Chapter 13. The Mechanic Certificate

65.89 Display of Certificate

Once a technician receives his or her mechanic certificate, the certificate must be kept in the immediate area where he or she normally conducts work and exercises the privileges of the certificate. When requested, the technician is required to present the certificate for inspection to the FAA, or any authorized representation from the National Transportation Safety Board (NTSB), or any federal, state, or local law enforcement officer.

Inspection Authorization (by 14 CFR Section)

65.91 Inspection Authorization

An A & P mechanic who has held his or her certificate for at least 3 years, and has been active for the last 2 years, may submit application using FAA Form 8610-1, Mechanicís Application for Inspection Authorization, to the FAA for consideration as an IA. In addition to the preceding time requirements, the IA candidate must have:

  • A fixed base of operation where he or she can be located in person or by phone.
  • Available equipment, facilities, and inspection data necessary to properly inspect the airframe, powerplants, propeller, or any related part or appliance he or she will be approving for return to service.

The applicant who meets all the above criteria must then pass a written (computerized) test to determine his or her ability to inspect the airworthiness of an aircraft following either a major repair or alteration action or the performance of an annual or progressive inspection.

The minimum passing score for the computer test is 70 percent. If the applicant fails the test, retesting cannot be attempted until a minimum of 90 days have elapsed from the failure date. Unlike the A & P test, there is no reduction in this time if the applicant receives additional training.

65.92 Inspection Authorization: Duration

An IA certificate expires on March 31 of each odd numbered year, but may only be exercised during the time the technician holds a currently effective mechanic certificate. The IA ceases to be effective if:

  • The technician surrenders it, or it is suspended or revoked.
  • The technician no longer has a fixed base of operations.
  • The technician no longer has the required facilities equipment or inspection data available.

Whenever the certificate is suspended or revoked, the technician must return it to the Administrator when requested by the FAA to do so.

65.93 Inspection Authorization: Renewal

An IA certificate may be renewed in one of the following ways each year the technician is seeking renewal:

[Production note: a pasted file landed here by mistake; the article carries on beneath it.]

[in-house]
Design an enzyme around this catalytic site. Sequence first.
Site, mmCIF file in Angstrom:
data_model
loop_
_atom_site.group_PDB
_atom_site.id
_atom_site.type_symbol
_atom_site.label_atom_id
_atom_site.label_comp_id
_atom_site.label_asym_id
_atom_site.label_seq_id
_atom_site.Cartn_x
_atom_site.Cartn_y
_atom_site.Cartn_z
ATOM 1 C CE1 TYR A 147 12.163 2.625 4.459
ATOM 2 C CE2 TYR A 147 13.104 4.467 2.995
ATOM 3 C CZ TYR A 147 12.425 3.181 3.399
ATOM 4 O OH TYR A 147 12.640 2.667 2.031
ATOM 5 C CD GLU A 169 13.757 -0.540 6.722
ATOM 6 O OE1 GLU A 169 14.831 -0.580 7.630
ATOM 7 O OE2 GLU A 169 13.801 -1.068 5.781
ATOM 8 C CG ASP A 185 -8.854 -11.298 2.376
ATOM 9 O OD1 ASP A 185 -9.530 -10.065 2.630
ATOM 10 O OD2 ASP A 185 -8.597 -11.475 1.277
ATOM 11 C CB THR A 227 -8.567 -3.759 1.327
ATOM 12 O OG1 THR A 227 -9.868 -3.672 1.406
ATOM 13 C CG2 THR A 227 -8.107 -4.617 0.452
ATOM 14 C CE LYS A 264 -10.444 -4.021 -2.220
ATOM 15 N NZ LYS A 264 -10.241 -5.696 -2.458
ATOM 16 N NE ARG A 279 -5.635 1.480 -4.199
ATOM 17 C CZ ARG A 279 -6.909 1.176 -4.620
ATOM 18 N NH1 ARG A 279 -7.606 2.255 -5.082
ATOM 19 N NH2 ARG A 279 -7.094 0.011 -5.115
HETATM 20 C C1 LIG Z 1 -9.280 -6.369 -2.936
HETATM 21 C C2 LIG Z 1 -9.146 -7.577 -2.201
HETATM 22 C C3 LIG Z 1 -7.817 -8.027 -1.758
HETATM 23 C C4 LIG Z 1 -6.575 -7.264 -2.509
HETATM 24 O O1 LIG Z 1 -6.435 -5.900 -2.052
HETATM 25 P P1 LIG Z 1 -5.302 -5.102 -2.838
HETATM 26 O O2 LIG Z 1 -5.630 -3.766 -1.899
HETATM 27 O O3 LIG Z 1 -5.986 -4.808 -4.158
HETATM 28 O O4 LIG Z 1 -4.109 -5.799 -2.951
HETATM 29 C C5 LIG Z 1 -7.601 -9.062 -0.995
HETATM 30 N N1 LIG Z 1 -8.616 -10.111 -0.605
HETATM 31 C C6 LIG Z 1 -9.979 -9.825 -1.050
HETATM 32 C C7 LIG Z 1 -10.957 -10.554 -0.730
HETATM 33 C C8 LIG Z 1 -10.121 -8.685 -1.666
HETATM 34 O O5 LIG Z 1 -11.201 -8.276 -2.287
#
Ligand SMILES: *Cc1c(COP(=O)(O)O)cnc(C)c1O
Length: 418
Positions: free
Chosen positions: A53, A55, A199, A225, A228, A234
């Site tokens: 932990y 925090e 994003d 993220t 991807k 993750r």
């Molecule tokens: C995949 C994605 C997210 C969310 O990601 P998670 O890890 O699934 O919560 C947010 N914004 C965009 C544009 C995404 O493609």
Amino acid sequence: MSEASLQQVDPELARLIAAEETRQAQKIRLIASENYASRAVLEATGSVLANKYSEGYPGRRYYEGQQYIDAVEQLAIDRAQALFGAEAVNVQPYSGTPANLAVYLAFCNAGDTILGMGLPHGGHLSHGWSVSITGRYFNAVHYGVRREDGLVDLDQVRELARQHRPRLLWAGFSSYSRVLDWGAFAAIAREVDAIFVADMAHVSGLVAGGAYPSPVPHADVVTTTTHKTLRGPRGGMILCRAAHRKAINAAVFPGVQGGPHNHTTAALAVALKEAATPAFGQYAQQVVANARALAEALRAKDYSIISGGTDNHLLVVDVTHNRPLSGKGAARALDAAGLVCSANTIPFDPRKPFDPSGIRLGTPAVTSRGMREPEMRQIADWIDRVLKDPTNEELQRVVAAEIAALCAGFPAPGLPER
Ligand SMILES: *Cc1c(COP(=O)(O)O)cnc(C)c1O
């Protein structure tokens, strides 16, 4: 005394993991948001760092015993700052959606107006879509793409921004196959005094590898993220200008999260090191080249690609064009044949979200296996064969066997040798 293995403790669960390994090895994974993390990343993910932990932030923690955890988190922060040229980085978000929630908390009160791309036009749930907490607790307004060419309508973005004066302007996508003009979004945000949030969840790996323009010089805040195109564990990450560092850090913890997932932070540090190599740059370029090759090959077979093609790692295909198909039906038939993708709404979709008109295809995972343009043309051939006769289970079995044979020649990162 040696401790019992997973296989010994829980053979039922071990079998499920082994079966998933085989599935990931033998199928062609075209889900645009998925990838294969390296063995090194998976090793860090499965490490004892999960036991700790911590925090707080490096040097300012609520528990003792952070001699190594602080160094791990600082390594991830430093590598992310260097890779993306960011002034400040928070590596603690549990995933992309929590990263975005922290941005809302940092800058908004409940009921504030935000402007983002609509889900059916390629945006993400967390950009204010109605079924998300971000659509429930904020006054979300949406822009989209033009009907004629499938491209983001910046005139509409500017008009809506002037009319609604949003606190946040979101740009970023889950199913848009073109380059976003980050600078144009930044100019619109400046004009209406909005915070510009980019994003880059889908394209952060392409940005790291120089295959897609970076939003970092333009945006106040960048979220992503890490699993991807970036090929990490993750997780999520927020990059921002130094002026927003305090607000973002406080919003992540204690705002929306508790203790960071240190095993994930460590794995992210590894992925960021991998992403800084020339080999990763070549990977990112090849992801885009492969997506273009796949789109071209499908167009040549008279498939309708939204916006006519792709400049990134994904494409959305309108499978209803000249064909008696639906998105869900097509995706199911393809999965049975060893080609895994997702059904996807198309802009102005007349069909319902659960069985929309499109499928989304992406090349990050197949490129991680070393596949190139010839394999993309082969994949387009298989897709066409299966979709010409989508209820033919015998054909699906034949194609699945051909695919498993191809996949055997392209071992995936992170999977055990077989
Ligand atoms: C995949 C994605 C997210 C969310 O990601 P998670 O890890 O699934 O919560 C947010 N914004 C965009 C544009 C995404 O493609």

• The performance of at least one annual inspection for each 90 days the technician has held the IA rating.
  • The performance of the inspections of at least two major repairs or alterations for each 90 days the technician has held the IA rating. (Note: The inspections can be counted regardless of the approval or disapproval of the work.)
  • The performance (or supervision) and approval of at least one progressive inspection.
  • The attendance and successful completion of a refresher course (acceptable to the Administrator) that is at least 8 hours of instruction. This can be either a single day seminar or a combination of individual classes acceptable to the Administrator. Some seminars are sponsored by the FAA FSDOs and are free; others are low cost. Private industry also frequently conducts one-day sessions and usually charge for their efforts. Regardless of who is conducting the seminar, it is usually an excellent way to accomplish renewal, learn about new issues, and develop a network among peers.

No renewal is required for someone who received the IA during the first quarter of the calendar year, since the regulation states that anyone holding an IA for less than 90 days need not meet the preceding renewal requirements.

It should be noted that regulations clearly state the number of annual inspections and major repair or alteration inspections required for renewal are for each 90-day period and not in each 90-day period. Therefore, an IA could actually go 11 months without performing any inspection activity relative to renewal. Then, in March he or she could conduct all four necessary annual inspections, or all eight 337-related inspections. The regulations do not provide for the mixing of any of these renewal activities (i.e., two annual inspections and four Major Repair and Alteration forms).

Another method of renewal is to meet with the FAAassigned FSDO inspector who will determine that the applicant possesses current knowledge of the applicable regulations and standards. Although this is often considered the renewal method of last resort, it should not be considered a negative experience. If the IA has been performing his or her activities in a professional manner throughout the year, this session can be considered a professional follow-up or consultation. Proper IA-to-FSDO inspector interaction can be enhanced with such a meeting.

 ©AvStop Online Magazine                                                                                                                                                      Contact Us              Return To Books

AvStop Aviation News and Resource Online Magazine

Grab this Headline Animator